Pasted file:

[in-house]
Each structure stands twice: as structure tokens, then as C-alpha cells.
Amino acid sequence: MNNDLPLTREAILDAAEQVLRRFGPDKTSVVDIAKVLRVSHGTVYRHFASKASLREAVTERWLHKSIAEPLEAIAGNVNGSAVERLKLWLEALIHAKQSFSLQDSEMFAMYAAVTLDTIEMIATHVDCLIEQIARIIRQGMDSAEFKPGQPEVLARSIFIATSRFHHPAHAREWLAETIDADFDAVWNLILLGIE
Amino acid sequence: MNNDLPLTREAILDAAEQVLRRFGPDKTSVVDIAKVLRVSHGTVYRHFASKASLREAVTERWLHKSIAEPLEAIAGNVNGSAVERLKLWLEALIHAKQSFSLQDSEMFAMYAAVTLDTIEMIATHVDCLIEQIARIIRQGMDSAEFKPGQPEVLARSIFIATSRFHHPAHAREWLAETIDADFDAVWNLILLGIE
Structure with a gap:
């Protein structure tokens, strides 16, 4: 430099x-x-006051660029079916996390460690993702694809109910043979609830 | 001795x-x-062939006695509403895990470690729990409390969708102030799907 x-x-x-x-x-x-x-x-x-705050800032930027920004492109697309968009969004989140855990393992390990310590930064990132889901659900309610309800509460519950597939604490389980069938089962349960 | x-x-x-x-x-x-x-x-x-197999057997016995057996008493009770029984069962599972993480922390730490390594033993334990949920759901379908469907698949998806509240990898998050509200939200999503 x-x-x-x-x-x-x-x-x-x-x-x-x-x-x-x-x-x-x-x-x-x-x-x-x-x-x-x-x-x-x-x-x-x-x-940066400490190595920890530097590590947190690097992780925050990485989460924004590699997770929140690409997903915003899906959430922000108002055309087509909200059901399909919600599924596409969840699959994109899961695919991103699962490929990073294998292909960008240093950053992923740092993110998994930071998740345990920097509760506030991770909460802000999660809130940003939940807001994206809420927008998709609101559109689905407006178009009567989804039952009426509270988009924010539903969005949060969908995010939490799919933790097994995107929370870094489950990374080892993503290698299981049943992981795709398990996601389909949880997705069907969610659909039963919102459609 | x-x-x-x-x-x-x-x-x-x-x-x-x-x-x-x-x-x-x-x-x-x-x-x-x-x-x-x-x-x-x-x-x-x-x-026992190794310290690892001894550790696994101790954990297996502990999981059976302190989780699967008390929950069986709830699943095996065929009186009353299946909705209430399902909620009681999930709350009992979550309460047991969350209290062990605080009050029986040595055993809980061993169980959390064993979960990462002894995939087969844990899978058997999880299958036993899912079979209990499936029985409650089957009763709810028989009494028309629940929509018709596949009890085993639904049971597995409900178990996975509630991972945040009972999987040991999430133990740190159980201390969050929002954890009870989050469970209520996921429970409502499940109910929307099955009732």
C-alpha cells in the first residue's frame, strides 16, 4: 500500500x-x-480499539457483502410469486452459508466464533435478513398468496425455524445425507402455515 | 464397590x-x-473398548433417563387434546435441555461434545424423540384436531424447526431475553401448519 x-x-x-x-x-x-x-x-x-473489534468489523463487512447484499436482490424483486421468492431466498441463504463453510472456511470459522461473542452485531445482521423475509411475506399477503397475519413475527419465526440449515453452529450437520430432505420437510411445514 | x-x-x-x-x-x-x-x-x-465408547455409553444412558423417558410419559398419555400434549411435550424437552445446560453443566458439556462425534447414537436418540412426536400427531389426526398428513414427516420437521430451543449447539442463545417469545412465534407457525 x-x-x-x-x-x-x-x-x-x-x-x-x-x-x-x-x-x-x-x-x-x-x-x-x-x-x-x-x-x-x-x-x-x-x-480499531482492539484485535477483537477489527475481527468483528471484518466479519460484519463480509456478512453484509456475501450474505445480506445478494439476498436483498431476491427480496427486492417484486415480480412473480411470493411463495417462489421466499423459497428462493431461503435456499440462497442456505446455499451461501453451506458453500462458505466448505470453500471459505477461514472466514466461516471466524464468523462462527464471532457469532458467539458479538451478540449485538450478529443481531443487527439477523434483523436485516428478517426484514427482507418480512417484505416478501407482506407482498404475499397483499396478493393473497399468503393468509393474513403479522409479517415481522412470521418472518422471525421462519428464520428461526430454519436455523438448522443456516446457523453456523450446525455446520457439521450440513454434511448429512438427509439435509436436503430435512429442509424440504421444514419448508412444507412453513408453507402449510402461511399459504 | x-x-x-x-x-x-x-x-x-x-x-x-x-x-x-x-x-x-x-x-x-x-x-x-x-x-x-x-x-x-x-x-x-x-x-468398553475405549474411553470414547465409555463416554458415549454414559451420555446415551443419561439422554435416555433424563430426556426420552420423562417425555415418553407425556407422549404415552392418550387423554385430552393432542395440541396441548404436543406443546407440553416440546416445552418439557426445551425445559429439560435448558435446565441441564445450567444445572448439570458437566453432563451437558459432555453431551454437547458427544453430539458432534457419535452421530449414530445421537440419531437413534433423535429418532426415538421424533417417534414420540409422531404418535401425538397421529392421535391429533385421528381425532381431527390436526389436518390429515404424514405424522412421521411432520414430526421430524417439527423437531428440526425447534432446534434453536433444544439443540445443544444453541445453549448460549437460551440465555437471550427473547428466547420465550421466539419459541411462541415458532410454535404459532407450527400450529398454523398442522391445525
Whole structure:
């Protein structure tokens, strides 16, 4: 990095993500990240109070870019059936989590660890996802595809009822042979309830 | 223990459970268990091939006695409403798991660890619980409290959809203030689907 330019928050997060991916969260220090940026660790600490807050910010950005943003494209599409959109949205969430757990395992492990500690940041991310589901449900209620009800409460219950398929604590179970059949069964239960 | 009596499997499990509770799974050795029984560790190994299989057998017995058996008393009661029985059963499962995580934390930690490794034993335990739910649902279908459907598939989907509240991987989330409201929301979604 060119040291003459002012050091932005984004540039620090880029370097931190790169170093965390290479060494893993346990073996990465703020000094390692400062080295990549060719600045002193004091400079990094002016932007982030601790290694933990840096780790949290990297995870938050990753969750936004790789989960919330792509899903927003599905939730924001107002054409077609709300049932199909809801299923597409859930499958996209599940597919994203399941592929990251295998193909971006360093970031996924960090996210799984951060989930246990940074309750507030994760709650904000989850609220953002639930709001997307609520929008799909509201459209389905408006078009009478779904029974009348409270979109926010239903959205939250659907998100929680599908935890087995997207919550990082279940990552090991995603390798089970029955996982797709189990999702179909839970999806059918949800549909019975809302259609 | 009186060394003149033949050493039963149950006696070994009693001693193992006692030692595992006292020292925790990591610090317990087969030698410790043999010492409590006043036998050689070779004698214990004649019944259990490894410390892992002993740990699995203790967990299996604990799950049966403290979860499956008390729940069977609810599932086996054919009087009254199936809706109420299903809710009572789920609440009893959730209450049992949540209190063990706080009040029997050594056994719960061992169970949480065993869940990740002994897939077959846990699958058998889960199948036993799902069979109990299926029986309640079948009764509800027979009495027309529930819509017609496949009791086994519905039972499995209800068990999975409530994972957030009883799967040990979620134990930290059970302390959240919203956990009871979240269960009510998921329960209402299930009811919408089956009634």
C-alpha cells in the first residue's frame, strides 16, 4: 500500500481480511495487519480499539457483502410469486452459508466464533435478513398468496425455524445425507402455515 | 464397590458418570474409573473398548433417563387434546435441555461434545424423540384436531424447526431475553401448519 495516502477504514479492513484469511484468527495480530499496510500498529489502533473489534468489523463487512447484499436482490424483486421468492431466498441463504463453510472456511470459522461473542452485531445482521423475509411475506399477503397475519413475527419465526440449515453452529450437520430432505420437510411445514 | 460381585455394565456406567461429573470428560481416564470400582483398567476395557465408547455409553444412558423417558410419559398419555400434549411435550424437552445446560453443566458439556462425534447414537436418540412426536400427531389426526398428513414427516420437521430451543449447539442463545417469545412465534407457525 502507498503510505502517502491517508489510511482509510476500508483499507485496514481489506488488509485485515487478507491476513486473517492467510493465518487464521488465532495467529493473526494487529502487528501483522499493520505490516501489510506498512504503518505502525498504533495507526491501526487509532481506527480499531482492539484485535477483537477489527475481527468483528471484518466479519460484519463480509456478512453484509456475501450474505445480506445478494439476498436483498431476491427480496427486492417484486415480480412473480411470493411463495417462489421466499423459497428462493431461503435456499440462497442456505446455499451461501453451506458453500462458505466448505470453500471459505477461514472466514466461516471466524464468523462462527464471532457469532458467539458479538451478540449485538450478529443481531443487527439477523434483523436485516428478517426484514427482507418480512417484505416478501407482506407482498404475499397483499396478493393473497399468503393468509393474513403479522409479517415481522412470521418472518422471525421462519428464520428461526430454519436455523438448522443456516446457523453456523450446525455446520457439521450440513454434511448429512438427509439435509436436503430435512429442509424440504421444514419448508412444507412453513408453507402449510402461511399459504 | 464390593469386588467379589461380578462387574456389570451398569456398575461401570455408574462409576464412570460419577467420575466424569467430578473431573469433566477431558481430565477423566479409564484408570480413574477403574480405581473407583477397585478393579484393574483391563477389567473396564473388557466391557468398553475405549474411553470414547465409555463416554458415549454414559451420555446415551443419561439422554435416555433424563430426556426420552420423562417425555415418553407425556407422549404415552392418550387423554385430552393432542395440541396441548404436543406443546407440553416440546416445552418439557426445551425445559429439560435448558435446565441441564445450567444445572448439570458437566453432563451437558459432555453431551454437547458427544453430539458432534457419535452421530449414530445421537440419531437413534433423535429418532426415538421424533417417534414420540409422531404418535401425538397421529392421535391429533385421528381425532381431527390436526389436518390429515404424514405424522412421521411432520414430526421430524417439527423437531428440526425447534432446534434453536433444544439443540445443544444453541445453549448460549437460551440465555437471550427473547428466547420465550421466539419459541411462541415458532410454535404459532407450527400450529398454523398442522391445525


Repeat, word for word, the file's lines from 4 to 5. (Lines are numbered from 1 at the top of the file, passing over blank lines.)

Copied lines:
Amino acid sequence: MNNDLPLTREAILDAAEQVLRRFGPDKTSVVDIAKVLRVSHGTVYRHFASKASLREAVTERWLHKSIAEPLEAIAGNVNGSAVERLKLWLEALIHAKQSFSLQDSEMFAMYAAVTLDTIEMIATHVDCLIEQIARIIRQGMDSAEFKPGQPEVLARSIFIATSRFHHPAHAREWLAETIDADFDAVWNLILLGIE
Structure with a gap: